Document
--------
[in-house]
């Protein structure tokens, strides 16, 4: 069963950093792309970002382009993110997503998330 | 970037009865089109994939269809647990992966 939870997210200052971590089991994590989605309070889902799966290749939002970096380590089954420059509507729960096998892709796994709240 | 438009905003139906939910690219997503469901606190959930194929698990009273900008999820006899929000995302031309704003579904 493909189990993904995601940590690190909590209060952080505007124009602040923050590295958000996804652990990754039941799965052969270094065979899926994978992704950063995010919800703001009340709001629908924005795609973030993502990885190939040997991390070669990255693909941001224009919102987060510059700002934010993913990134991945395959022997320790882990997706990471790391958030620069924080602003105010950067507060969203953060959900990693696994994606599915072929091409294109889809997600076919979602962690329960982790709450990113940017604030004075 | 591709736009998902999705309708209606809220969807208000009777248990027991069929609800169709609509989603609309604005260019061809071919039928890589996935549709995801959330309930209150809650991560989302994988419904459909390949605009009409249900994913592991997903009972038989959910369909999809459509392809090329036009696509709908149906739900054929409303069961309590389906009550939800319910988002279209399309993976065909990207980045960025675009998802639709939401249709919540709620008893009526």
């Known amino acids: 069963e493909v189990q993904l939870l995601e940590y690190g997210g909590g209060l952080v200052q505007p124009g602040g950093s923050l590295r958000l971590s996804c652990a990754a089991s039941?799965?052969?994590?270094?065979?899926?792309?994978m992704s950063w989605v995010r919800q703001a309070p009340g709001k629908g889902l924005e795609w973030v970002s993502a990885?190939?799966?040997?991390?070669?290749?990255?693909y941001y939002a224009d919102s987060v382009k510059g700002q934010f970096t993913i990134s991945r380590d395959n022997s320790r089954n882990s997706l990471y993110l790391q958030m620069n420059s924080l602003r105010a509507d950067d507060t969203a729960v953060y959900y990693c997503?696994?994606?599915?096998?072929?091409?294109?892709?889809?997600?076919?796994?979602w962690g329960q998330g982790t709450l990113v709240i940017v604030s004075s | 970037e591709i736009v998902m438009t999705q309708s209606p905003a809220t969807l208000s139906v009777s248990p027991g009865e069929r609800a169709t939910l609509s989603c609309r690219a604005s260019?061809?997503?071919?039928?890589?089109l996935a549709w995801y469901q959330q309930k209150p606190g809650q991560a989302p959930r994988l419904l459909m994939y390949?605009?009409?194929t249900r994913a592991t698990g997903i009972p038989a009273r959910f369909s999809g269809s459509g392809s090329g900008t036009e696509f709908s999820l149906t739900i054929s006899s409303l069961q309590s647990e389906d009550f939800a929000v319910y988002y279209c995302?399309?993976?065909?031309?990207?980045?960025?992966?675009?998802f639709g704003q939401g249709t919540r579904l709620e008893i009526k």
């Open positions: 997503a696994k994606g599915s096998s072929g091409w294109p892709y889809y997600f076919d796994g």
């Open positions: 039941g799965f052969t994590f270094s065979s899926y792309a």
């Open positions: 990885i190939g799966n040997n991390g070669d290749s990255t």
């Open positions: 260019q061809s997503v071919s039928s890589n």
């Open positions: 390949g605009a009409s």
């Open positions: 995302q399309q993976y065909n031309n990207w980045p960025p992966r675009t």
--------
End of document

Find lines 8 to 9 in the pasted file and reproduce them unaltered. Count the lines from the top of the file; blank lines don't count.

């Open positions: 390949g605009a009409s």
């Open positions: 995302q399309q993976y065909n031309n990207w980045p960025p992966r675009t």